Thursday, 18 April 2013

What, exactly, ARE neonicotinoid pesticides?

Neonicotinoids are a group of insecticides that include 'imidacloprid', 'clothianidin', 'thiamethoxam', 'thiacloprid' and 'fipronil'. They are neurotoxins (nerve poisons) that have been designed to attack the insect's central nervous system; causing paralysis and eventually death. Their target insects include vine weevils, aphids, whitefly, colorado potato beetle, termites and other sap sucking insects.  As well as causing paralysis and death, neonicotinoids also produce other chronic and sub-lethal symptoms, (both in target and non target insects) such as interfering with the insect's navigation systems and, crucially, impairing their ability to groom themselves

Neonicotinoids were introduced in the early nineties and are now the world's most widely used group of pesticides. They are used prophylactically instead of reactively, which is a little like us taking antibiotics throughout the year just in case we are exposed to someone with a chest infection in December.

They are water soluble and remain in the soil for many years. Their high persistency in soil and water results in a sustained exposure to these pesticides, not only to bees, but to other non-target organisms and pollinators, including aquatic invertebrates, moths, butterflies and hoverflies and (indirectly) bats, amphibians and insect eating birds.  

"Neonicotinoid insecticides act by causing virtually irreversible blockage of postsynaptic nicotinergic acetylcholine receptors (nAChRs) in the central nervous system of insects. The damage is cumulative, and with every exposure more receptors are blocked. In fact, there may not be a safe level of exposure." Dutch toxicologist, Henk Tennekes.

Which crops are treated with neonicotinoids?

Neonicotinoids are used as seed treatments or soil treatments on over 140 different crops including soy, corn, wheat, cotton, legumes, potatoes, sugar-beet, sunflowers, rapeseed and flax. Until last year, they were used on the 740,000 acres of Californian Almond Trees. One third of all arable land in the UK now grows crops treated with neonicotinoids.

Less well known is the fact that 'Fipronil' (also a neonicotinoid), is used in flea treatments for dogs and cats.

How do neonicotinoids differ from other pesticides?

Until the introduction of insecticides such as neonicotinoids we were able to see pesticides with our own eyes as they were being sprayed onto our crops. Neonicotinoids, and some other groups of modern pesticides, work in a very different way. They are applied as seed dressings or soil treatments, appearing invisible so that many people, including some farmers, are unaware that they are even using them. Instead of being used reactively (i.e. after a problem has been identified) they are used 'prophylactically' which means crops are treated as a matter of course to safeguard them against the possibility of an attack by the pesticide's target insect. This is like human beings taking antibiotics all year round to protect us from the possibility of succumbing to a sore throat or flu.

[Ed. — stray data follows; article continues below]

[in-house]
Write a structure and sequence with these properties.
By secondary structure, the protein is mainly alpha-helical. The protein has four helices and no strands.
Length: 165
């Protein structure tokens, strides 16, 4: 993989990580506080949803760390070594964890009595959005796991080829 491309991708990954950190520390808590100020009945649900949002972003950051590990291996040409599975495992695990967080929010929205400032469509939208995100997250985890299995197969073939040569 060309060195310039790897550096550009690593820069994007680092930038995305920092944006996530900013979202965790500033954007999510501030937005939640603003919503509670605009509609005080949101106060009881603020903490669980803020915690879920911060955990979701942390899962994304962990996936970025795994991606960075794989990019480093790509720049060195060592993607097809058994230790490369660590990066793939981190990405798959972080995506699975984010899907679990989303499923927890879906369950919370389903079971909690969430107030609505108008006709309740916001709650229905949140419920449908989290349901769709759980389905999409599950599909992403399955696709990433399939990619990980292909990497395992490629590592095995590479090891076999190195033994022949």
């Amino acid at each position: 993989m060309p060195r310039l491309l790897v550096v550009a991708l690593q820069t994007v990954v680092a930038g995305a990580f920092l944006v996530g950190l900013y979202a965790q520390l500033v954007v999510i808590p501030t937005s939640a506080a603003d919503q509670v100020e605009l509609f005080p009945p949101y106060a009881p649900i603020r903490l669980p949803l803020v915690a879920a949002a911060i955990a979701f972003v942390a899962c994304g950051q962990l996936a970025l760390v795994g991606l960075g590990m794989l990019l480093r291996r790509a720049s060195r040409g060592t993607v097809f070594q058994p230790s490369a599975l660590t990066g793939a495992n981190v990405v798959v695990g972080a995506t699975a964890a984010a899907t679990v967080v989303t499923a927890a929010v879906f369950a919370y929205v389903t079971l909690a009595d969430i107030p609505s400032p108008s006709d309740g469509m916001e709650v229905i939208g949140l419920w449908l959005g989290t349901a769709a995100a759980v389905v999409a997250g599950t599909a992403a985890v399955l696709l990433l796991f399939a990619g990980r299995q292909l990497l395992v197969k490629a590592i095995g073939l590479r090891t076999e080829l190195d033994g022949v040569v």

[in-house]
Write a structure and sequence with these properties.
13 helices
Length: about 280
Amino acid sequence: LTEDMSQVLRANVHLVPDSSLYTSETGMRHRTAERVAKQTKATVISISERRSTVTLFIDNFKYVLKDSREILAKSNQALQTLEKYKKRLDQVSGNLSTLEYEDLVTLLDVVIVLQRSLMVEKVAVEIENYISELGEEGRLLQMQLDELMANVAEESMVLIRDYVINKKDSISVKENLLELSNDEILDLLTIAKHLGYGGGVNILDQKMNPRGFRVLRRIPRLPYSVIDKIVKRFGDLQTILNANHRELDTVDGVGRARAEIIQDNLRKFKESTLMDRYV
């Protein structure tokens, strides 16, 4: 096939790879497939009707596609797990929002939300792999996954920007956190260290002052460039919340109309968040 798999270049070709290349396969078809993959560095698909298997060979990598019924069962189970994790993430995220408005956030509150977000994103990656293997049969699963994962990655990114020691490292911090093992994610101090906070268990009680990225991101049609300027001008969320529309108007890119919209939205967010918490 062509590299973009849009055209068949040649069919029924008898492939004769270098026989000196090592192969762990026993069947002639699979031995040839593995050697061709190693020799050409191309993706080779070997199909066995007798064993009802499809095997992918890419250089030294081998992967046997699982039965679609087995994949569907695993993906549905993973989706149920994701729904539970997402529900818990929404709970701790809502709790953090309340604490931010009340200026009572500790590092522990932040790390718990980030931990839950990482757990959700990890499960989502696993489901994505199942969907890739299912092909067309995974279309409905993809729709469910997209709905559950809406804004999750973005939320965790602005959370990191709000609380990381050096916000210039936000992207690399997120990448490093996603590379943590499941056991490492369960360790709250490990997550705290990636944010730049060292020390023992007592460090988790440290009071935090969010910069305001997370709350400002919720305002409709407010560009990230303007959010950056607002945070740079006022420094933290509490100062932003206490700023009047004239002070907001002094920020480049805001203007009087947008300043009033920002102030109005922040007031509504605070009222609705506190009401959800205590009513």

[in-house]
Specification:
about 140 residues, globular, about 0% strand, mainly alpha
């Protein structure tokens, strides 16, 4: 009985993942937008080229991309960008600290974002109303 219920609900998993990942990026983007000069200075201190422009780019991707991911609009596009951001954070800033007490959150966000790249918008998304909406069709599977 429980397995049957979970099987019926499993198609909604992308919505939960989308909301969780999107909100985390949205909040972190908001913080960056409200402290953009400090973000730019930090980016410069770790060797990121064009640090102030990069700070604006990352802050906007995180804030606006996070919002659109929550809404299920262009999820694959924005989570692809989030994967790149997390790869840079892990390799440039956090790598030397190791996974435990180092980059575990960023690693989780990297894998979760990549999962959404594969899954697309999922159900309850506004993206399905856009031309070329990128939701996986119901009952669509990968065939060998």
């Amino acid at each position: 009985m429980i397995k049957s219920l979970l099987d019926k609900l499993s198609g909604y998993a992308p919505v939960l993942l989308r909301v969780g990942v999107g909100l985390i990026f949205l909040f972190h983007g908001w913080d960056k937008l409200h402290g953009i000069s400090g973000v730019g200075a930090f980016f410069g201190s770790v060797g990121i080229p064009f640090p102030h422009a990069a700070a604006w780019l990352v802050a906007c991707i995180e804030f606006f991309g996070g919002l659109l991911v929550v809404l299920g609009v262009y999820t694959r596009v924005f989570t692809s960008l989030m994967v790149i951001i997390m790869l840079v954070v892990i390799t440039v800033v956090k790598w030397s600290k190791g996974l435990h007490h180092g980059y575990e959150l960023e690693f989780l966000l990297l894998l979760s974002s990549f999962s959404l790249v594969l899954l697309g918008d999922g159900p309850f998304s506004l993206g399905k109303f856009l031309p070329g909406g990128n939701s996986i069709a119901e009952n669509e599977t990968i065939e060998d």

The biggest difference between neonicotinoids and all other pesticides is that neonicotinoids work  'systemically'.  This means that once the seed (or the soil in which the seed has been planted) has been coated/treated with the insecticide, that insecticide is then taken up through the entire plant via it's vascular system.  So, it ends up in the plant's roots, stem, leaves, flowers, fruit, sap (guttation), pollen and nectar.....and it - does - not - wash - off.

We are told by DEFRA that this is ok. It is, apparently, 'safe' for bees and other pollinators to forage on crops whose seeds have been treated with neonicotinoids because they only ingest the pesticide in sub-lethal doses i.e. 'doses not large enough to cause death'. This might be ok if each bee only visited one plant and took one dose of 'sub-lethal' pollen in it's life time - but this, of course, is not the case.

Interestingly, when neonicotinoids were licensed for use and passed as 'safe for bees', this was done without them ever being tested for sub-lethal or chronic effects on bees.

Why I have written this particular blog post: 

More and more people are now taking the time to write to supermarkets, DIY stores and garden centres to ask them to remove products that contain neonicotinoid pesticides from their shelves - and some are personally speaking to the managers in their local stores. However many are still not 100% sure exactly what neonicotinoids are or how they harm bees and other invertebrates.

It's good to be furnished with some facts when you speak to people who can influence policies, so I have written this short blog post to explain what they are

I'm sure there are better explanations out there, but in case you can't find one do please feel free to use this. It would great if you could also share this on twitter, facebook, forums and any other social networks you use.....the more people who understand what we're 
dealing with the better!

Please keep writing to your MPs asking them to pressurise our Secretary for the Environment, Mr Owen Paterson, to support the EC's proposed partial ban on neonicotinoids. You can use the wording on the Buglife website  HERE  to help you write your letter/email.

Please also ask your local supermarkets, DIY stores and garden centres to remove products containing these insecticides form their shelves. Especially Provado Ultimate Big Killer which, ironically and outrageously is currently being offered with 'free seeds for bees'!!!